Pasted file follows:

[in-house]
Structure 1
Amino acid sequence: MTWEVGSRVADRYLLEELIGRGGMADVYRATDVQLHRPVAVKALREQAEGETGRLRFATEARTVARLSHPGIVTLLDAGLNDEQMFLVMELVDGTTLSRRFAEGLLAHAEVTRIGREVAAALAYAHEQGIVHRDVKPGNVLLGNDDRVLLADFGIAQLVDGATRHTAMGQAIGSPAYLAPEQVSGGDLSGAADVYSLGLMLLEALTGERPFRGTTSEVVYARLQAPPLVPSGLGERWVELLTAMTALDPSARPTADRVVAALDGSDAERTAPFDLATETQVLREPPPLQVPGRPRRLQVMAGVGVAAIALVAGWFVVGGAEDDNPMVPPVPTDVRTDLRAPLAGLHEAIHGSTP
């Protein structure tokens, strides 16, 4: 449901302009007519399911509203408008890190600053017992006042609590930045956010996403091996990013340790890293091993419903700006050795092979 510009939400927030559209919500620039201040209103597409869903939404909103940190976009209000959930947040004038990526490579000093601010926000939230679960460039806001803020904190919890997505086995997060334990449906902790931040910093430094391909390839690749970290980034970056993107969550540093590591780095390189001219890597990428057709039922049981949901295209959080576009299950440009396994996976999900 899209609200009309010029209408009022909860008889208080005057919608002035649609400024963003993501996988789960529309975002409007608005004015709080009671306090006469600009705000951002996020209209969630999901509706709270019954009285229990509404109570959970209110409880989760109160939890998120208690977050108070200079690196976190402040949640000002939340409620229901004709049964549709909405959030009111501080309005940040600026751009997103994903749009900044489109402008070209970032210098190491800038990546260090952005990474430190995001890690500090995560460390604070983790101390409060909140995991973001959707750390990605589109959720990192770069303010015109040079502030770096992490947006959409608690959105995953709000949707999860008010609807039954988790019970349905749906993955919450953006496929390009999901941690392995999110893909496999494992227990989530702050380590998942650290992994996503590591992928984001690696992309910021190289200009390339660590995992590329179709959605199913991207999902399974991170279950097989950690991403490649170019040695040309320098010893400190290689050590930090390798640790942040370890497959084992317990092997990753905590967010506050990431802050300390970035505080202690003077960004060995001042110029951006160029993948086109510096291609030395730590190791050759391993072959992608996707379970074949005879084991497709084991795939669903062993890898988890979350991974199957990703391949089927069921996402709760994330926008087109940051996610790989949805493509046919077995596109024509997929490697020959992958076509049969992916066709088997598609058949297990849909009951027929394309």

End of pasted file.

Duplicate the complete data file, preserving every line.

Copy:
[in-house]
Structure 1
Amino acid sequence: MTWEVGSRVADRYLLEELIGRGGMADVYRATDVQLHRPVAVKALREQAEGETGRLRFATEARTVARLSHPGIVTLLDAGLNDEQMFLVMELVDGTTLSRRFAEGLLAHAEVTRIGREVAAALAYAHEQGIVHRDVKPGNVLLGNDDRVLLADFGIAQLVDGATRHTAMGQAIGSPAYLAPEQVSGGDLSGAADVYSLGLMLLEALTGERPFRGTTSEVVYARLQAPPLVPSGLGERWVELLTAMTALDPSARPTADRVVAALDGSDAERTAPFDLATETQVLREPPPLQVPGRPRRLQVMAGVGVAAIALVAGWFVVGGAEDDNPMVPPVPTDVRTDLRAPLAGLHEAIHGSTP
């Protein structure tokens, strides 16, 4: 449901302009007519399911509203408008890190600053017992006042609590930045956010996403091996990013340790890293091993419903700006050795092979 510009939400927030559209919500620039201040209103597409869903939404909103940190976009209000959930947040004038990526490579000093601010926000939230679960460039806001803020904190919890997505086995997060334990449906902790931040910093430094391909390839690749970290980034970056993107969550540093590591780095390189001219890597990428057709039922049981949901295209959080576009299950440009396994996976999900 899209609200009309010029209408009022909860008889208080005057919608002035649609400024963003993501996988789960529309975002409007608005004015709080009671306090006469600009705000951002996020209209969630999901509706709270019954009285229990509404109570959970209110409880989760109160939890998120208690977050108070200079690196976190402040949640000002939340409620229901004709049964549709909405959030009111501080309005940040600026751009997103994903749009900044489109402008070209970032210098190491800038990546260090952005990474430190995001890690500090995560460390604070983790101390409060909140995991973001959707750390990605589109959720990192770069303010015109040079502030770096992490947006959409608690959105995953709000949707999860008010609807039954988790019970349905749906993955919450953006496929390009999901941690392995999110893909496999494992227990989530702050380590998942650290992994996503590591992928984001690696992309910021190289200009390339660590995992590329179709959605199913991207999902399974991170279950097989950690991403490649170019040695040309320098010893400190290689050590930090390798640790942040370890497959084992317990092997990753905590967010506050990431802050300390970035505080202690003077960004060995001042110029951006160029993948086109510096291609030395730590190791050759391993072959992608996707379970074949005879084991497709084991795939669903062993890898988890979350991974199957990703391949089927069921996402709760994330926008087109940051996610790989949805493509046919077995596109024509997929490697020959992958076509049969992916066709088997598609058949297990849909009951027929394309």